Waiting for Superwoman, or Batman

It wasn’t a movie that I would have chosen to see, but my OLLI Film Discussion Group assigned Waiting for Superman.  It was provoking.   One reason is that the director, co-writer and narrator Davis Guggenheim, states, at the beginning of the movie, that he drives past three L.A. public schools and drops off his kids at an expensive private school.

The American public school system is in crisis, failing millions of students, producing as many drop-outs as graduates, and threatening our economic future. By 2020, the United States will have 123 million high-skill jobs to fill—and fewer than 50 million Americans qualified to fill them.

Educators, parents, political leaders, business people, and concerned citizens are determined to save our educational system. Waiting for “Superman” offers powerful insights from some of those at the leading edge of educational innovation.


I taught in and believed in public schools and thought that if we wanted to improve the schools, we should work with them.  (I was on the board of my children’s non-profit preschool and, when they were in elementary school, was president of the public school foundation, which raised money for extra projects.)

Here is a ranking of the United States against other countries in science by OECD (behind Croatia, Iceland and Latvia!):

1 Finland 563   16 Switzerland 512
2 Hong Kong-China 542   17 Macao-China 511
3 Canada 534   18 Austria 511
4 Chinese Taipei 532   19 Belgium 510
5 Estonia 531   20 Ireland 508
6 Japan 531   21 Hungary 504
7 New Zealand 530   22 Sweden 503
8 Australia 527   23 Poland 498
9 Netherlands 525   24 Denmark 496
10 Liechtenstein 522   25 France 495
11 Korea 522   26 Croatia 493
12 Slovenia 519   27 Iceland 491
13 Germany 516   28 Latvia 490
14 United Kingdom 515   29 United States 489
15 Czech Republic 513        

Range of rank on the PISA (Programme for International Student Assessment) 2006 science scale.  (Data for the assessment which took place in 2009 will be released on 7 December 2010.)

Now that I am retired, I signed up for The Reading Seed (http://www.readingseed.org/).  I attended a half-day training workshop last spring, and was fingerprinted so that they could be sure that I was not a child molester.   The beginning of October I went to an introduction for volunteers at Tolson Elementary, which is about a mile from my house.  I was told that permission slips would be sent home with the two children to whom I would be assigned, so that the parents could approve my tutoring of their children.  Six months since I signed up and I am still waiting to help these students.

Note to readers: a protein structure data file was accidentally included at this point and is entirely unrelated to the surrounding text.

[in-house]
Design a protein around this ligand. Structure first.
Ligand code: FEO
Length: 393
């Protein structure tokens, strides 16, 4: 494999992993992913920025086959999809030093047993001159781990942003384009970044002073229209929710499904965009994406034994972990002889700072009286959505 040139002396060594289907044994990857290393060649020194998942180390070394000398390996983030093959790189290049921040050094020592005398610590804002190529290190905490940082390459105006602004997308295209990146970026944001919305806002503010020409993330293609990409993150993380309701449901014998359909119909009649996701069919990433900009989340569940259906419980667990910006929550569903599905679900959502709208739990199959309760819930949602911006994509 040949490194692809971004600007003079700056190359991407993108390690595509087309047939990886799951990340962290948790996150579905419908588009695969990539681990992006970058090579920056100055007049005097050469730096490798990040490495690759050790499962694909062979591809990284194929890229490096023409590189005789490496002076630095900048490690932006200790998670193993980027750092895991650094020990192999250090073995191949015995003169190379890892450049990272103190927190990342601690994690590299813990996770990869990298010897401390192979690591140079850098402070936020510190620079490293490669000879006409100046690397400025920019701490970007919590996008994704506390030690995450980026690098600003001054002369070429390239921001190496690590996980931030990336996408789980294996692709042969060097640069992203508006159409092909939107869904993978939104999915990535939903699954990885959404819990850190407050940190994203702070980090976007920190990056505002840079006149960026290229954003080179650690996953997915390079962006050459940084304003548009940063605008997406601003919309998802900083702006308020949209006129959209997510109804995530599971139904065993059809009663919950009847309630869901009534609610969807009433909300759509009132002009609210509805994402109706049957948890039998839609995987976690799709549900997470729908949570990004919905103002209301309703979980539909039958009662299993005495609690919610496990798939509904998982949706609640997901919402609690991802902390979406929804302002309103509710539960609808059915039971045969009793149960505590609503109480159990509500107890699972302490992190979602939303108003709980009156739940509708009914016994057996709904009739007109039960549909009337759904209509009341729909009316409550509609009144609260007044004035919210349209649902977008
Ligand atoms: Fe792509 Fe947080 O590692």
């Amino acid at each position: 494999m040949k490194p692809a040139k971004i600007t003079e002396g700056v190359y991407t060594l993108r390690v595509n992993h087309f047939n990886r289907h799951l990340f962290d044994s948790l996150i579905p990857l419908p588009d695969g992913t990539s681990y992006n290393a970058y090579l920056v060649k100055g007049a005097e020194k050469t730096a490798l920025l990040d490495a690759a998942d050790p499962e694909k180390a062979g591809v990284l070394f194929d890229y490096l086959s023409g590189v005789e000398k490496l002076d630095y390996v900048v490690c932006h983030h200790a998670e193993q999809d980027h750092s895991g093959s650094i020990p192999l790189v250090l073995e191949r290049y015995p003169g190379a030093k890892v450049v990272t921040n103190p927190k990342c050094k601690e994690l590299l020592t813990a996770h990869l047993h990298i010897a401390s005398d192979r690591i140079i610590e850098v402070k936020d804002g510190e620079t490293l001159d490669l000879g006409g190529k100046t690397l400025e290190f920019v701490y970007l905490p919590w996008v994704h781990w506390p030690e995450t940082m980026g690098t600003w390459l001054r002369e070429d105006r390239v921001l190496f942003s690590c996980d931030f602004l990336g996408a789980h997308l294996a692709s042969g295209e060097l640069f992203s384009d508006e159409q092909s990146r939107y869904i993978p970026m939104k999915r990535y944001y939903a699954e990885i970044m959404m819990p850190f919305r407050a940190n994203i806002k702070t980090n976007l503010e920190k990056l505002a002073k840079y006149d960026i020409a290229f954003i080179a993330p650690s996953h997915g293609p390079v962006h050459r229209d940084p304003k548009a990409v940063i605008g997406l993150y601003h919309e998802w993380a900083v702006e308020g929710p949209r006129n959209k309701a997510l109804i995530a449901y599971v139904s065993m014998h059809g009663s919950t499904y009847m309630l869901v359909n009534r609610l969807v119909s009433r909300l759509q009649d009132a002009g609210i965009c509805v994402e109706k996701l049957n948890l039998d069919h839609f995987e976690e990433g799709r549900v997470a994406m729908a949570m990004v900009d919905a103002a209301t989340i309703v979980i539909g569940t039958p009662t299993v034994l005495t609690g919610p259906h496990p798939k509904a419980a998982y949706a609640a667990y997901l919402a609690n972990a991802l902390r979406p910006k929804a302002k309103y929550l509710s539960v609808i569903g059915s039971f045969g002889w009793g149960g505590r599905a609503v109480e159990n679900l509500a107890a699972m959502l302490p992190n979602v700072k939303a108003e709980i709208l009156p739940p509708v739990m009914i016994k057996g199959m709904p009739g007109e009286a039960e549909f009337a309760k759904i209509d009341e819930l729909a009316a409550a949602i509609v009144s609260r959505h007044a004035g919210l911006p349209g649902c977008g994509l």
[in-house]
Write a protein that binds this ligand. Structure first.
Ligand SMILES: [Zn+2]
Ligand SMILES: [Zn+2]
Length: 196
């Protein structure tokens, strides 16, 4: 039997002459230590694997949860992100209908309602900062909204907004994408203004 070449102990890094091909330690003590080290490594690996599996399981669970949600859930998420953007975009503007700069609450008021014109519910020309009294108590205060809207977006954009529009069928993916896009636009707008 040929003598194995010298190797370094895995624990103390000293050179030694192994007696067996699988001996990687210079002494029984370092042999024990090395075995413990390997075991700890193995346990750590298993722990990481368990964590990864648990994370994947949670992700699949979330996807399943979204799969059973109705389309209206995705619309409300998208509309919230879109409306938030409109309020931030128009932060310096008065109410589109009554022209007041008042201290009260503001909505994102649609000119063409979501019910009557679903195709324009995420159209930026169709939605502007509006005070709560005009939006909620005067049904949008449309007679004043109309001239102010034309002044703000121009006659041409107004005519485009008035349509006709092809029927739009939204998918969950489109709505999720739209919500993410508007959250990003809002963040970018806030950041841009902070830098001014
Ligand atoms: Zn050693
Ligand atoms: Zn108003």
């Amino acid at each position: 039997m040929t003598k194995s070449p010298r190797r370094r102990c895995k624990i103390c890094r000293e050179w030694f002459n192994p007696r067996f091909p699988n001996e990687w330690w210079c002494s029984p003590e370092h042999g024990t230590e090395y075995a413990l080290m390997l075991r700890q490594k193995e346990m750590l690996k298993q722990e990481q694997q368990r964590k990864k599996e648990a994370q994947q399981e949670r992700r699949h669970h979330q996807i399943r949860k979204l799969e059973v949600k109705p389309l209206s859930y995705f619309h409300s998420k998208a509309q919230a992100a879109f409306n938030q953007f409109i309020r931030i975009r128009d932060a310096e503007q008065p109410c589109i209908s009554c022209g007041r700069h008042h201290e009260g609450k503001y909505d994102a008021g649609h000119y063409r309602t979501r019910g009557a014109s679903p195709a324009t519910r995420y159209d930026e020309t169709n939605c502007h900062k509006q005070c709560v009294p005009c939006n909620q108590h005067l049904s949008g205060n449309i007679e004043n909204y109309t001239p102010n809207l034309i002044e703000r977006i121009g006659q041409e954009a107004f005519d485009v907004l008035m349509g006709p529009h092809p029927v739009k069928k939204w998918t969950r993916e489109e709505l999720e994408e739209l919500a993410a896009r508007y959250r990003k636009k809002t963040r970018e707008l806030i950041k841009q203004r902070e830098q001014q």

Tucson‘s Tolson Elementary School serves grades K-5 in the Tucson Unified District. Based on its state test results, it has received a GreatSchools Rating of 4 out of 10.
Parents have reviewed this school and given it an average rating of 4 out of 5 stars.

This points out one set of statistics from the movie.  Although the school only rates 40%, parents rank it 80%.  Americans think we are better than we are, which makes us complacent.

  Reading Writing Mathematics
  08-09 09-10 Change 08-09 09-10 Change 08-09 09-10 Change
All Grades % Mastery 65.4 64.4 -1.0 87.2 76.2 -11.0 64.2 42.4 -21.8

I would think that if over 30% of the students are reading below grade level, the school would work a little harder to have volunteer “coaches” helping the kids. 

First of all, they could get the permission for tutoring slips filled out the first week of school.  If the parents didn’t return the forms, someone from the school should call on the parents and find out why and/or get the form signed.  Who should visit the homes?  Legal problems with having the volunteers doing that?  Then the teachers.  Sure, it would be extra hours, but are they working for themselves or the students?

Second, more volunteers should be engaged.  There is a retirement/ golf community one mile from the school.  Door-to-door recruitment might work, not only for reading tutors, but for math tutors, as almost 60% of the kids are performing below grade level.

But in my research I discovered that Tucson had made a Top Ten list! 

Each year, NEWSWEEK picks the best high schools in the country based on how hard school staffs work to challenge students with advanced-placement college-level courses and tests. Just over 1.600 schools—only 6 percent of all the public schools in the U.S.—made the list. This year’s rankings have some fantastic new interactive features. We’ve teamed up with a data company called Factual to create individual profile pages for each school where students and faculty can comment and contribute.

(E&E = Equity and Excellence: the percentage of all seniors who have passed an AP or IB test.)

Rank School City State E&E
1 Talented and Gifted Dallas TX 100
2 Jefferson County IBS Irondale AL 100
3 Stanton College Prep Jacksonville FL 100
4 Science/Engineering Magnet Dallas TX 100
5 Corbett Corbett OR 73.9
6 BASIS Charter Tucson AZ 100
7 Signature School Evansville IN 84.9
8 Paxon School for Advanced Studies Jacksonville FL 76.1
9 Suncoast Community Riviera Beach FL 87.1
10 City Honors Buffalo NY 95

A bit of positivity contrasting with the complacent We’re number 29! status quo.

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